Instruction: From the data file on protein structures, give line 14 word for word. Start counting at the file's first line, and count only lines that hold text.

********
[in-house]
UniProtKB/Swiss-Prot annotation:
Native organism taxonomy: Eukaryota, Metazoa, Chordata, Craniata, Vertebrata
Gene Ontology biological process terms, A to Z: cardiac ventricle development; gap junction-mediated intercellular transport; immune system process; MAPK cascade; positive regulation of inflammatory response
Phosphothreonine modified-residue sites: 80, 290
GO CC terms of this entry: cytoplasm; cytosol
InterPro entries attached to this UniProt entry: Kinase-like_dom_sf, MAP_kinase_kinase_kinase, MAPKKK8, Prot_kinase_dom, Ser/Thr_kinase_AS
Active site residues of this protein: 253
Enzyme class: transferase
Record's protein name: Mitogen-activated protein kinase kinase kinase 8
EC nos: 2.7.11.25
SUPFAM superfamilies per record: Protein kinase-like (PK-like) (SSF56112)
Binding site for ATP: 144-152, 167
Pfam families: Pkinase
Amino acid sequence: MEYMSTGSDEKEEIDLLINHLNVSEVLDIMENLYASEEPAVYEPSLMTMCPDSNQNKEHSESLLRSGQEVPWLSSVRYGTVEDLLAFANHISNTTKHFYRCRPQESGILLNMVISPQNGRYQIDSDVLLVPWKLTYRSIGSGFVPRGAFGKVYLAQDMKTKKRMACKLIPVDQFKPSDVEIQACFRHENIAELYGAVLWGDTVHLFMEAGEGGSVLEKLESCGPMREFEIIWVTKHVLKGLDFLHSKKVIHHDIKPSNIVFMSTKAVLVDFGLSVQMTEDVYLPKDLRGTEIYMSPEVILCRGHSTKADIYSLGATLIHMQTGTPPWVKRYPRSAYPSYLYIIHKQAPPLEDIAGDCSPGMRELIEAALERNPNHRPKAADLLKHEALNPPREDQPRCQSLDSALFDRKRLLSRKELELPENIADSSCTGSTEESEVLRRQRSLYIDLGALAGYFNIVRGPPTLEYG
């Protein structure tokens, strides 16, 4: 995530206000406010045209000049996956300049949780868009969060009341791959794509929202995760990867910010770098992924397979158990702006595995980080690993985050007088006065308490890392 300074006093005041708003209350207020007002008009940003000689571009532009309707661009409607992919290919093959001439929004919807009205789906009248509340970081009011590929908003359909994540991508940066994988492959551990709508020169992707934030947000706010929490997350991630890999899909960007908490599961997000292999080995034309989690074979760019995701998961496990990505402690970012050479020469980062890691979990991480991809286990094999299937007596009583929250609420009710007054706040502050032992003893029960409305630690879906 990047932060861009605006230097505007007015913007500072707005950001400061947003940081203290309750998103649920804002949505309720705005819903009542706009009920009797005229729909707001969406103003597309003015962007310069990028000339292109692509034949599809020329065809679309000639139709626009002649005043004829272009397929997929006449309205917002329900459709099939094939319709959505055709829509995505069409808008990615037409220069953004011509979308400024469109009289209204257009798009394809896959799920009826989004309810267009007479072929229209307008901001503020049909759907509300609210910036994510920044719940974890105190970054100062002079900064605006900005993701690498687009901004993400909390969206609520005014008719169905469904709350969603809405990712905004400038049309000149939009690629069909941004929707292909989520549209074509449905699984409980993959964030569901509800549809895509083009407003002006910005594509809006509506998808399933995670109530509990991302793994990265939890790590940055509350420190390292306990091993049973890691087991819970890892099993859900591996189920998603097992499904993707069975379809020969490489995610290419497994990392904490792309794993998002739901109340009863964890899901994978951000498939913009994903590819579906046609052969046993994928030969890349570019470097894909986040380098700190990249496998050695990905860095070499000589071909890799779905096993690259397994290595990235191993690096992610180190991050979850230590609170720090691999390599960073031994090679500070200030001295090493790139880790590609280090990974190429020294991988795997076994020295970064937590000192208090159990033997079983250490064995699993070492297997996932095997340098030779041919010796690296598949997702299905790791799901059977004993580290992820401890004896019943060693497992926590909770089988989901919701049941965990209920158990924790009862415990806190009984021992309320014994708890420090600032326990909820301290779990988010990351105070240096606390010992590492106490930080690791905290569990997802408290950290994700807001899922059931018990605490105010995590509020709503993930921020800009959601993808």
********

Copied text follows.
Pfam families: Pkinase